A Brief Rumination on Recruiting Rankings

Note: all data is sourced from 247Sports.

Yesterday we posed a question — is Notre Dame recruiting at a high enough level to win a national championship? Seeing as the Irish reached the college football playoff as recently as (checks notes) last month, the question might seem silly or greedy on its face. Or at least it might to fanbases such as, I don’t know, Michigan or USC, teams that also recruit at high levels but have never really sniffed actual playoff contention. Hate to see it.

To date, in the playoffs’ five year existence, only ten programs have made the field, while five have advanced to the final, and most importantly, three have won the title. The Irish can now claim membership in one of those groups — they’re definitely not 1A, but have been generally around the top tier ever since 2016’s trainwreck. This is backed up not only by on the field results but another recruiting metric — blue chip ratio, with true title contenders needing at least 50% of their incoming players to be four or five stars.

One simple way to evaluate these teams’ respective talent levels, and where the Irish stand, is to average out their recruiting class rankings four years in arrears (that’s fun) of each playoff appearance — in other words, look at the players who, transfers etc. aside, made up each 85 scholarship squad. We won’t break down who’s getting the most five-star commitments here, although locking down that top tier talent certainly plays an important (arguably the most important) role in winning championships. You can check out my basic spreadsheet work here. This chart below shows the average 247 ranking for each program, taking into account the classes within four years of their appearance(s).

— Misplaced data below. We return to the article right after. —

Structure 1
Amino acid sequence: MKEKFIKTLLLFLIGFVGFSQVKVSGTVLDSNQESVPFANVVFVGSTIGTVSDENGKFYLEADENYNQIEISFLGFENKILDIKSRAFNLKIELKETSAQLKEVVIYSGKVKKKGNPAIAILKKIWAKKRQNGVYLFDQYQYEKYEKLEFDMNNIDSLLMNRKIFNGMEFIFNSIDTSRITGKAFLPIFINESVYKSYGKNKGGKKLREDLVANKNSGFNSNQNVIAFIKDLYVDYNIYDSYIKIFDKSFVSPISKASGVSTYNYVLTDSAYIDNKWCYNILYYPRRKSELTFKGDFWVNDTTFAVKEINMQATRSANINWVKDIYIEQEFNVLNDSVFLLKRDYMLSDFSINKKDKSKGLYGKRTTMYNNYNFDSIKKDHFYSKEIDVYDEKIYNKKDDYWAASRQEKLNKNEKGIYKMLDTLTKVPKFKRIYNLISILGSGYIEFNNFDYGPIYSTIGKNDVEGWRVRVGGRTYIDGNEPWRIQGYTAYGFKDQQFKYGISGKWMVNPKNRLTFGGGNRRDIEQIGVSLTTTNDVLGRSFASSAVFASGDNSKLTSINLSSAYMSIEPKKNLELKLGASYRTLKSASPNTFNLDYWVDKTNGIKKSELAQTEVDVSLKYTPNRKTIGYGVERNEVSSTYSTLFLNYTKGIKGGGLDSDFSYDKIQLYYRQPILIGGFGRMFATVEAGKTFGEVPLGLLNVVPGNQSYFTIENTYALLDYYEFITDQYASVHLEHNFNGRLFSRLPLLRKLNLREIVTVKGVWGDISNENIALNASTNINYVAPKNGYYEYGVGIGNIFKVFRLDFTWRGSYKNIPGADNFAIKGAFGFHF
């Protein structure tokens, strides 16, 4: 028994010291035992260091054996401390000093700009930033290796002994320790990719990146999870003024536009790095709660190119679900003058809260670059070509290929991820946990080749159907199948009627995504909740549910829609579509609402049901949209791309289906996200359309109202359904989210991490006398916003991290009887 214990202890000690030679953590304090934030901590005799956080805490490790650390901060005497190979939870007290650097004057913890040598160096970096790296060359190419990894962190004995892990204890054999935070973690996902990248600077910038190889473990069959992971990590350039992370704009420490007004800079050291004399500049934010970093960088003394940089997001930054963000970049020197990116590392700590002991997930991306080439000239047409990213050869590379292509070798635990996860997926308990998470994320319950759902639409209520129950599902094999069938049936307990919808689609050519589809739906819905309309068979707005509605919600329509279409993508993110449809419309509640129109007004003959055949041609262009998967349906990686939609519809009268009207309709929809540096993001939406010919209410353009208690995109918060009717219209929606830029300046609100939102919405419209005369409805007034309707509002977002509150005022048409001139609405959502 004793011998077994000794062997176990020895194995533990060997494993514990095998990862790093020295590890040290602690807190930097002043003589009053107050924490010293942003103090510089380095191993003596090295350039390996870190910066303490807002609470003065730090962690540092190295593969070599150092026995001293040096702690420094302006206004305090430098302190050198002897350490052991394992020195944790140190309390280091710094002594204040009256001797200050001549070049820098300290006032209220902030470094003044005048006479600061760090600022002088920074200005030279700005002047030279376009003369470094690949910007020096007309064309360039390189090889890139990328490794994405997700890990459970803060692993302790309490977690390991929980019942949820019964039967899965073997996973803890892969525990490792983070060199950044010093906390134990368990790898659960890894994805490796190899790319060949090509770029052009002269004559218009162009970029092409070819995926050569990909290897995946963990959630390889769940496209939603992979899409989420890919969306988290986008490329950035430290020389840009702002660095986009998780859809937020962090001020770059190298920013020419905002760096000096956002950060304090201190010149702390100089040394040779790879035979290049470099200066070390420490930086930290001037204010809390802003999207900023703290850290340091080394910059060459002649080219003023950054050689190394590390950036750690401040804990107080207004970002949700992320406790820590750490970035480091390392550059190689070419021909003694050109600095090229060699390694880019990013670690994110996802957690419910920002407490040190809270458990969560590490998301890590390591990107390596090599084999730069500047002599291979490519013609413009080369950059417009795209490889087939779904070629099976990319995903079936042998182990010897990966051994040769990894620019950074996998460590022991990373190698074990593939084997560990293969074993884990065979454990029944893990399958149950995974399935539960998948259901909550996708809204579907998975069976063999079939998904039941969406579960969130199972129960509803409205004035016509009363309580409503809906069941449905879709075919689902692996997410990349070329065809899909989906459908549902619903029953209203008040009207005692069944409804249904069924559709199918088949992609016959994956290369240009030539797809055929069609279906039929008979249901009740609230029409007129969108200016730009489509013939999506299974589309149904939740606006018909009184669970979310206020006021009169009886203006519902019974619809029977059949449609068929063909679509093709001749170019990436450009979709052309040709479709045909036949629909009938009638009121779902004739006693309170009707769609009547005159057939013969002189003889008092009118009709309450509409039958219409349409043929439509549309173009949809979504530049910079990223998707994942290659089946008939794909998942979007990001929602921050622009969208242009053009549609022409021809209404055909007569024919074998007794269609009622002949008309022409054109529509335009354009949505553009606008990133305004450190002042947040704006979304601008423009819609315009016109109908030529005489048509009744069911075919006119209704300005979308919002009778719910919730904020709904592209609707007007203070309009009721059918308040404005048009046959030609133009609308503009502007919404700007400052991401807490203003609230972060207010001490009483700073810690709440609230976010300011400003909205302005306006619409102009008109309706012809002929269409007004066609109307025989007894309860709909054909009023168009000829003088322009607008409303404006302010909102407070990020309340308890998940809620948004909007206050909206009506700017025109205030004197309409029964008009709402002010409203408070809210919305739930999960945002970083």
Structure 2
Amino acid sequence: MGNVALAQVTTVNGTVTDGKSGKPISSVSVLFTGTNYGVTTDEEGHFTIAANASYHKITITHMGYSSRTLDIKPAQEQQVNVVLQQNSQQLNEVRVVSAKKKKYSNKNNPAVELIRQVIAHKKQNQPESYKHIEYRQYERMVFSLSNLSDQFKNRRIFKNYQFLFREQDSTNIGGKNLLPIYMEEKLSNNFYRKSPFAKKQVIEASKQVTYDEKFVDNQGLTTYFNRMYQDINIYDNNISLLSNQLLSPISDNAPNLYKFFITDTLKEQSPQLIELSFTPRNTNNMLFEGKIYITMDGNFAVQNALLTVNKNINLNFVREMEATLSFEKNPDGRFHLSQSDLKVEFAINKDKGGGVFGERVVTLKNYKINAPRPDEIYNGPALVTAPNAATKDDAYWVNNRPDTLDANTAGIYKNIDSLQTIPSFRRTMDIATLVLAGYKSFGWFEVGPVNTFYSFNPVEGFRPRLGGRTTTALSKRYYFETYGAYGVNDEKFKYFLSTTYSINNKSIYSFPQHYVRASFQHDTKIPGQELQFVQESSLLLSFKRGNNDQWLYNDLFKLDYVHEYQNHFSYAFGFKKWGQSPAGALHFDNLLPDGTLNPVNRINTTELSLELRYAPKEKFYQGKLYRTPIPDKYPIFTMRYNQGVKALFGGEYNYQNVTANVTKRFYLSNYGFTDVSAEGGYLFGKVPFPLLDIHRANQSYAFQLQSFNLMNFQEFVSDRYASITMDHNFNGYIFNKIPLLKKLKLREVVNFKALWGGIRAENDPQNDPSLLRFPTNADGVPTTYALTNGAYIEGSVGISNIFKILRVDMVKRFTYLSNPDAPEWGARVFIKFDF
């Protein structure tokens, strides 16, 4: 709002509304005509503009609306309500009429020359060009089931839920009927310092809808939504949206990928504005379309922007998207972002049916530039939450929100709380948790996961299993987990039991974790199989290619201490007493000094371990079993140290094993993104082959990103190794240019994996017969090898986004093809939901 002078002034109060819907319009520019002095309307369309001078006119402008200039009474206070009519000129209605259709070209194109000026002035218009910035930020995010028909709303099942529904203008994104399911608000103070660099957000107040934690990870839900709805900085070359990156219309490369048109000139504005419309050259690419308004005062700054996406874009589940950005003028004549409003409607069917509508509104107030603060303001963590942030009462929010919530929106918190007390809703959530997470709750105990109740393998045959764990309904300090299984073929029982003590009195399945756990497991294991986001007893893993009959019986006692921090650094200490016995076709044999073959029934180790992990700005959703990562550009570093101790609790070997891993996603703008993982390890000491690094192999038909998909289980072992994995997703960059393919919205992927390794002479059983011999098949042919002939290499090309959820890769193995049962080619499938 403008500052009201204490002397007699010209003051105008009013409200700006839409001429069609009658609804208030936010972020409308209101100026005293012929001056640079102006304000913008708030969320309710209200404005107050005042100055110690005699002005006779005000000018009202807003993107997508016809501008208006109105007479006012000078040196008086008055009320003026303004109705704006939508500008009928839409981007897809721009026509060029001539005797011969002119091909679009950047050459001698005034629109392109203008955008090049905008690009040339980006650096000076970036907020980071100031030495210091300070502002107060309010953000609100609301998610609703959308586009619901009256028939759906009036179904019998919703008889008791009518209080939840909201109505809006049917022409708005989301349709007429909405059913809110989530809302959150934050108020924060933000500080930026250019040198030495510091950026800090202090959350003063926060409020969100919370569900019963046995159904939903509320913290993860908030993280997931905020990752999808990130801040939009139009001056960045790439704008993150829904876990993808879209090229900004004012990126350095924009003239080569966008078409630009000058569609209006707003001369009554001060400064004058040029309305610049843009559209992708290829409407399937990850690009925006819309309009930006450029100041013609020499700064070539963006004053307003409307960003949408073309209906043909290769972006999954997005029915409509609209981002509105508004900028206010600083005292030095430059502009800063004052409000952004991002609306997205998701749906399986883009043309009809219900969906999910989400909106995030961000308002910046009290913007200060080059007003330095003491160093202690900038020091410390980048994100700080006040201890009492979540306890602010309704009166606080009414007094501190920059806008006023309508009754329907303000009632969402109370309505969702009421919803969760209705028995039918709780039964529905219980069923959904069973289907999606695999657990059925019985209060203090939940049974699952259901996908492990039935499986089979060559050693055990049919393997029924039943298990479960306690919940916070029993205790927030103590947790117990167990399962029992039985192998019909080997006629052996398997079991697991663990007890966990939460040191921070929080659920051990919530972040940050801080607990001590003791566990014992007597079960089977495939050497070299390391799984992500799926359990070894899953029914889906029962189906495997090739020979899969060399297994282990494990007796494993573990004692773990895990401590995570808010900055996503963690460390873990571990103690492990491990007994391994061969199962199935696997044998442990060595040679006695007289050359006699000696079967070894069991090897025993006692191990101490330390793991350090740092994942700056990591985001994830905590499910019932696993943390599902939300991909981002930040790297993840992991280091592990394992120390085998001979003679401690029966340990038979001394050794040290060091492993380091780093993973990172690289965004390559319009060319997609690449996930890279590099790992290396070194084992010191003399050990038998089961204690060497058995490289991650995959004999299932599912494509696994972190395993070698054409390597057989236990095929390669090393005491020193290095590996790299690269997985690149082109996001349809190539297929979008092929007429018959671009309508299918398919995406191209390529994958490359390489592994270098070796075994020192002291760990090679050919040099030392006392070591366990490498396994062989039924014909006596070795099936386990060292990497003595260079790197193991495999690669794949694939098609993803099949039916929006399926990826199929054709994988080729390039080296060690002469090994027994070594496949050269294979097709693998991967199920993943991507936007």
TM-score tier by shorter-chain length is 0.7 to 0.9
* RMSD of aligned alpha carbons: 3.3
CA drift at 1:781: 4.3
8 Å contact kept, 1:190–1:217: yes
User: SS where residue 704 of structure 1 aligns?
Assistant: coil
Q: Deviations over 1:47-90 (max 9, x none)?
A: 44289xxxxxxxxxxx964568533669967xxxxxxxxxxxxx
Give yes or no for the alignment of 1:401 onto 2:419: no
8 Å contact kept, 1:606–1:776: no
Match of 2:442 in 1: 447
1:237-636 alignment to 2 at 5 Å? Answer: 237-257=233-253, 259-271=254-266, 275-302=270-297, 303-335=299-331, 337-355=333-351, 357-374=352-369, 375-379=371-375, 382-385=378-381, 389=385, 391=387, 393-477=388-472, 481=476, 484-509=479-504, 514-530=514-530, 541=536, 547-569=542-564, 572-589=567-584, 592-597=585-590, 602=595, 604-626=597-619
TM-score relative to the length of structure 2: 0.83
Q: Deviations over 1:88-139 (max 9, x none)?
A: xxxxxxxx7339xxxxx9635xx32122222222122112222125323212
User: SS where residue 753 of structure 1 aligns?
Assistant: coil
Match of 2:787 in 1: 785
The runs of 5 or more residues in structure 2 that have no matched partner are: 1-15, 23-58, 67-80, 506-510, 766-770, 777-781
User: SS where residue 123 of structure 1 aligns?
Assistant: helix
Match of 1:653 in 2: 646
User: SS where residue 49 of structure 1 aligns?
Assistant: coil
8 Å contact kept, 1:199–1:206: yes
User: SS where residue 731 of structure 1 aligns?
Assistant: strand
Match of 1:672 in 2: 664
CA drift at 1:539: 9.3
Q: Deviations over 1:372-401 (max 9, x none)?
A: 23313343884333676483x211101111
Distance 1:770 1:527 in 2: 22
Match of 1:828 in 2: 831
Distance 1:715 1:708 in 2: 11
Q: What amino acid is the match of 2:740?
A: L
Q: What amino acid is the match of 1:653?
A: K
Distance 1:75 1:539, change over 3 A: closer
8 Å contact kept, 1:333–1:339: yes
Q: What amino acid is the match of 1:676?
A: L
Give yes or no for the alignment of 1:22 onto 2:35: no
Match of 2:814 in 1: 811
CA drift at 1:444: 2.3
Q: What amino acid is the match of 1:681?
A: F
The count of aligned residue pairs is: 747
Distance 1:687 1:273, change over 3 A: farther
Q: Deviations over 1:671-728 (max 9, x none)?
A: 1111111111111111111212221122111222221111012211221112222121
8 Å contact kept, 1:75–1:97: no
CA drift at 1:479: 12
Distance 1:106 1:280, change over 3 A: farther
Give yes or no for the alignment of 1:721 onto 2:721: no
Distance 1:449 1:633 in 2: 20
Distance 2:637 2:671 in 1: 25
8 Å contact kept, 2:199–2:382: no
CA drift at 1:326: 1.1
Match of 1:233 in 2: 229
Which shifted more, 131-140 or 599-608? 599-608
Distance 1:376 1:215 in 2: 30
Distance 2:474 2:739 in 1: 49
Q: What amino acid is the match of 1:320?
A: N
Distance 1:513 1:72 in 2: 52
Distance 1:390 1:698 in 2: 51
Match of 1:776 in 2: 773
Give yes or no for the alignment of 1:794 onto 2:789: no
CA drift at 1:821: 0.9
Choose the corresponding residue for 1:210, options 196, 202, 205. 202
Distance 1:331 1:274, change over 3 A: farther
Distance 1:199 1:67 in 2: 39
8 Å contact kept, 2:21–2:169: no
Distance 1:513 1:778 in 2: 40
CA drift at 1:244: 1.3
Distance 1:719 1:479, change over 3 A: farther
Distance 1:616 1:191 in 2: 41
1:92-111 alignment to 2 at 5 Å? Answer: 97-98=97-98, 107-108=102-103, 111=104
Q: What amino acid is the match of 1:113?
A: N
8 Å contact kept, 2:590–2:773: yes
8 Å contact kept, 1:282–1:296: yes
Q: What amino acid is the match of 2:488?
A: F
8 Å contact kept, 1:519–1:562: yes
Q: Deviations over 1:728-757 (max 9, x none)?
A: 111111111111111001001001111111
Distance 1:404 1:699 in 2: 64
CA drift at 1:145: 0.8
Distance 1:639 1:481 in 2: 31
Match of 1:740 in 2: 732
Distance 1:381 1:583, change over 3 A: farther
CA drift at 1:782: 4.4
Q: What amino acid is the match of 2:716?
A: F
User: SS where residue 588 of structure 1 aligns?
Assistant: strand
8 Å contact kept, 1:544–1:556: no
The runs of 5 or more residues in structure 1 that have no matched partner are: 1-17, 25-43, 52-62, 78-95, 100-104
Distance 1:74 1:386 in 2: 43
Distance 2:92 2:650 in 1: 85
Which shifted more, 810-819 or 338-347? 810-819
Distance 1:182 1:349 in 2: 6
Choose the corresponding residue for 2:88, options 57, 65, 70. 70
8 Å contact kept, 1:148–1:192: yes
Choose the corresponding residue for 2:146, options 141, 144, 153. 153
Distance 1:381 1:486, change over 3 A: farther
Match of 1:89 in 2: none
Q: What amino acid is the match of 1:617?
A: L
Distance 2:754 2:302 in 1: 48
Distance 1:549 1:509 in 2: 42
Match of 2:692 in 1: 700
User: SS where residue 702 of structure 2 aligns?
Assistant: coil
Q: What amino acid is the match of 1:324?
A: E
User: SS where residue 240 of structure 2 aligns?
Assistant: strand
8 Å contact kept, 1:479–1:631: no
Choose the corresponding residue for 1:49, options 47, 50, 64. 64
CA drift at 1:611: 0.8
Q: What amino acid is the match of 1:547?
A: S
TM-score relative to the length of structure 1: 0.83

It’s not quite accurate to say the data is tainted by Alabama — someone’s gotta be #1 — but goddamn, if you average out the rankings of each class that’s had a chance to participate in the playoff (which just happens to be every one), it’s 1.5. The only reason it isn’t an even 1 is their precipitous drop to fifth nationally in 2018. They’re an insane outlier and I am extremely tired of them.

Ohio State won the inaugural contest and has been back once more — in the crootin’ run-up to those two appearances, they’ve been second to only Bama, with an average finish of 4.5. Almost definitely the most shocking number in this whole dataset is where Clemson, the existential and also very real threat to the Bama dynasty, ends up — their average class finish from 2012-2018 is an underwhelming 13.4, which is actually below ND’s average (12) in the four years preceding its first appearance. Even the classes making up this year’s 15-0 juggernaut averaged a finish of 11. Really weird!

On the whole, accounting for duplicate appearances by Bama and crew, the top four have averaged a recruiting ranking a tick under 12. When looking at the final matchup each year, those teams have averaged a finish of 7. And when we narrow down to only the champions, they average just under 6. Weird how that works!

Remember that from 2015-2018, the Irish averaged a finish of 12, which according to the data is exactly how good you should be to grab a playoff spot, but not much more. And with a good-not-great incoming class, one that’s currently ranked anywhere from 10-15 nationally, the answer to our initial question might just be no (sorry).

However! The one bright spot, if you want to call it that, is that Clemson built a modern day college football superpower with good but unspectacular recruiting results. Their aspirational peer was clearly Alabama, and they married a bunch of good classes (including some big really hits on five stars) with great coaching and retention and clutch performances, and they did the damn thing. Maybe the path is there for Notre Dame after all — we just need to sign the next Trevor Lawrence.

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